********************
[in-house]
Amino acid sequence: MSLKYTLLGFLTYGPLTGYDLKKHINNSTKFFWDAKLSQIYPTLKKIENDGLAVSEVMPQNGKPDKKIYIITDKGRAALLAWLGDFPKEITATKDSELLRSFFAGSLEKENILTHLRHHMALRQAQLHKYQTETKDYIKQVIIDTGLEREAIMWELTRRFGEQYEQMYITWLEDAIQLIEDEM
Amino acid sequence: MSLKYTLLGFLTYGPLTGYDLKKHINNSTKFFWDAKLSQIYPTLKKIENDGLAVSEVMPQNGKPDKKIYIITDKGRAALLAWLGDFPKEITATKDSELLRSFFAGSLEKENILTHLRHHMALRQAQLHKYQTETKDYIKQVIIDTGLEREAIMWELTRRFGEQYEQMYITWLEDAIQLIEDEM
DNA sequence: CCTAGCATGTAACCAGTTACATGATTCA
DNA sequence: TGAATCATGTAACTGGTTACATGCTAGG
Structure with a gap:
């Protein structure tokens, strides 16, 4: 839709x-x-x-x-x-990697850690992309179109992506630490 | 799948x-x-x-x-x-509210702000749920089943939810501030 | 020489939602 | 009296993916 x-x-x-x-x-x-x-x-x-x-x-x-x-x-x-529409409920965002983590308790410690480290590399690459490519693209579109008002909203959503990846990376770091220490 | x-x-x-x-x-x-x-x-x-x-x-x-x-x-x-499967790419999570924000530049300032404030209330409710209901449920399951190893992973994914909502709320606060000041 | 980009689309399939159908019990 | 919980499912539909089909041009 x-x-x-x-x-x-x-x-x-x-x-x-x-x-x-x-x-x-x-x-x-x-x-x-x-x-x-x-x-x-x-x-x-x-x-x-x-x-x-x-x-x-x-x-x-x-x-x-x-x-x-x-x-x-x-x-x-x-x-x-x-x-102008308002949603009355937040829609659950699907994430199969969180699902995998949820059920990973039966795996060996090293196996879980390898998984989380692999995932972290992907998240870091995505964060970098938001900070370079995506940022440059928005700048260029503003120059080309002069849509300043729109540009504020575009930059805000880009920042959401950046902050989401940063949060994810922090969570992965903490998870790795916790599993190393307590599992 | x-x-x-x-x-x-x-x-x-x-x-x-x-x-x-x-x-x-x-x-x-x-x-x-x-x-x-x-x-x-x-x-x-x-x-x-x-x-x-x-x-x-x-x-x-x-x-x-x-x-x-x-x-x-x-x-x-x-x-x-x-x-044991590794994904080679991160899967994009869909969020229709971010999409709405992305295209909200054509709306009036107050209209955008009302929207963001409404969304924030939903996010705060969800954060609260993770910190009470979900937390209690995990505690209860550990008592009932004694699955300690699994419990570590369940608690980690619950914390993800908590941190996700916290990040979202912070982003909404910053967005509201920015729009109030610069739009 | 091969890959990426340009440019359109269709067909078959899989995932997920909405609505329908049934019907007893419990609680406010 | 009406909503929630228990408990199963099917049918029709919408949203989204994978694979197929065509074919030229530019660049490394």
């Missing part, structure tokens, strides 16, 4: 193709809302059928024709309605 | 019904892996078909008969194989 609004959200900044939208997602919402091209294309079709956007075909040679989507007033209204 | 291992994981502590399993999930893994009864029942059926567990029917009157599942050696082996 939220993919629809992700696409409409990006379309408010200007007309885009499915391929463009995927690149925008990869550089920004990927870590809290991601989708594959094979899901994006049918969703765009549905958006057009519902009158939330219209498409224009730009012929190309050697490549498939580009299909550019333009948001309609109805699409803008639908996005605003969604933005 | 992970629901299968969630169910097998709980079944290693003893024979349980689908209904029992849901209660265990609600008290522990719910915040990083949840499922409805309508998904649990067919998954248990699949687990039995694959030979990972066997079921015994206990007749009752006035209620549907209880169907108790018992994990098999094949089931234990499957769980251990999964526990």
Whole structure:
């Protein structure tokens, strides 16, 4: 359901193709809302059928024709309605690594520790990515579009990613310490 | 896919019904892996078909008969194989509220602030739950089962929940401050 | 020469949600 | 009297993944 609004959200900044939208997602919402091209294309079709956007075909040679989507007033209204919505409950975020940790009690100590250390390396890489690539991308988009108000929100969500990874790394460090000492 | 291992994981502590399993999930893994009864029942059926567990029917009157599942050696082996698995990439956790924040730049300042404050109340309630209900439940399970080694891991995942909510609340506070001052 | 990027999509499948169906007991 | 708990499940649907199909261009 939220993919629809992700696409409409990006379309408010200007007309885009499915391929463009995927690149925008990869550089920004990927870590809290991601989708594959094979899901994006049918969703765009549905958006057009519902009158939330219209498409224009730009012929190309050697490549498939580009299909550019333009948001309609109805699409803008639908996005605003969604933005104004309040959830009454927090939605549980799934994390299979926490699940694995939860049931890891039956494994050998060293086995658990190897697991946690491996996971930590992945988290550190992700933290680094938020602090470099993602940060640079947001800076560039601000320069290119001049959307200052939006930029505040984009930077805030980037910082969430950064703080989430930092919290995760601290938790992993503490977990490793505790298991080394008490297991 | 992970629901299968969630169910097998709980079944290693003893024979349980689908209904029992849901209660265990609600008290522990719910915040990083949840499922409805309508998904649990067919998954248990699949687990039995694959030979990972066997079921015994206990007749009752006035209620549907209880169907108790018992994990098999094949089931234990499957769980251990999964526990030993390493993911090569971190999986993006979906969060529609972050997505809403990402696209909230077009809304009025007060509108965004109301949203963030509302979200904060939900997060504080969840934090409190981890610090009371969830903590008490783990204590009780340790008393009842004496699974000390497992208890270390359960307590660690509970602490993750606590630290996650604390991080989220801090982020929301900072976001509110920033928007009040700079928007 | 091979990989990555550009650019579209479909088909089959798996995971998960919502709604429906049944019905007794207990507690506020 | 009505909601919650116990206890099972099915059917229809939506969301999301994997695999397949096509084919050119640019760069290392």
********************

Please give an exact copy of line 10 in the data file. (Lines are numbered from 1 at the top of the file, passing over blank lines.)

């Protein structure tokens, strides 16, 4: 359901193709809302059928024709309605690594520790990515579009990613310490 | 896919019904892996078909008969194989509220602030739950089962929940401050 | 020469949600 | 009297993944 609004959200900044939208997602919402091209294309079709956007075909040679989507007033209204919505409950975020940790009690100590250390390396890489690539991308988009108000929100969500990874790394460090000492 | 291992994981502590399993999930893994009864029942059926567990029917009157599942050696082996698995990439956790924040730049300042404050109340309630209900439940399970080694891991995942909510609340506070001052 | 990027999509499948169906007991 | 708990499940649907199909261009 939220993919629809992700696409409409990006379309408010200007007309885009499915391929463009995927690149925008990869550089920004990927870590809290991601989708594959094979899901994006049918969703765009549905958006057009519902009158939330219209498409224009730009012929190309050697490549498939580009299909550019333009948001309609109805699409803008639908996005605003969604933005104004309040959830009454927090939605549980799934994390299979926490699940694995939860049931890891039956494994050998060293086995658990190897697991946690491996996971930590992945988290550190992700933290680094938020602090470099993602940060640079947001800076560039601000320069290119001049959307200052939006930029505040984009930077805030980037910082969430950064703080989430930092919290995760601290938790992993503490977990490793505790298991080394008490297991 | 992970629901299968969630169910097998709980079944290693003893024979349980689908209904029992849901209660265990609600008290522990719910915040990083949840499922409805309508998904649990067919998954248990699949687990039995694959030979990972066997079921015994206990007749009752006035209620549907209880169907108790018992994990098999094949089931234990499957769980251990999964526990030993390493993911090569971190999986993006979906969060529609972050997505809403990402696209909230077009809304009025007060509108965004109301949203963030509302979200904060939900997060504080969840934090409190981890610090009371969830903590008490783990204590009780340790008393009842004496699974000390497992208890270390359960307590660690509970602490993750606590630290996650604390991080989220801090982020929301900072976001509110920033928007009040700079928007 | 091979990989990555550009650019579209479909088909089959798996995971998960919502709604429906049944019905007794207990507690506020 | 009505909601919650116990206890099972099915059917229809939506969301999301994997695999397949096509084919050119640019760069290392």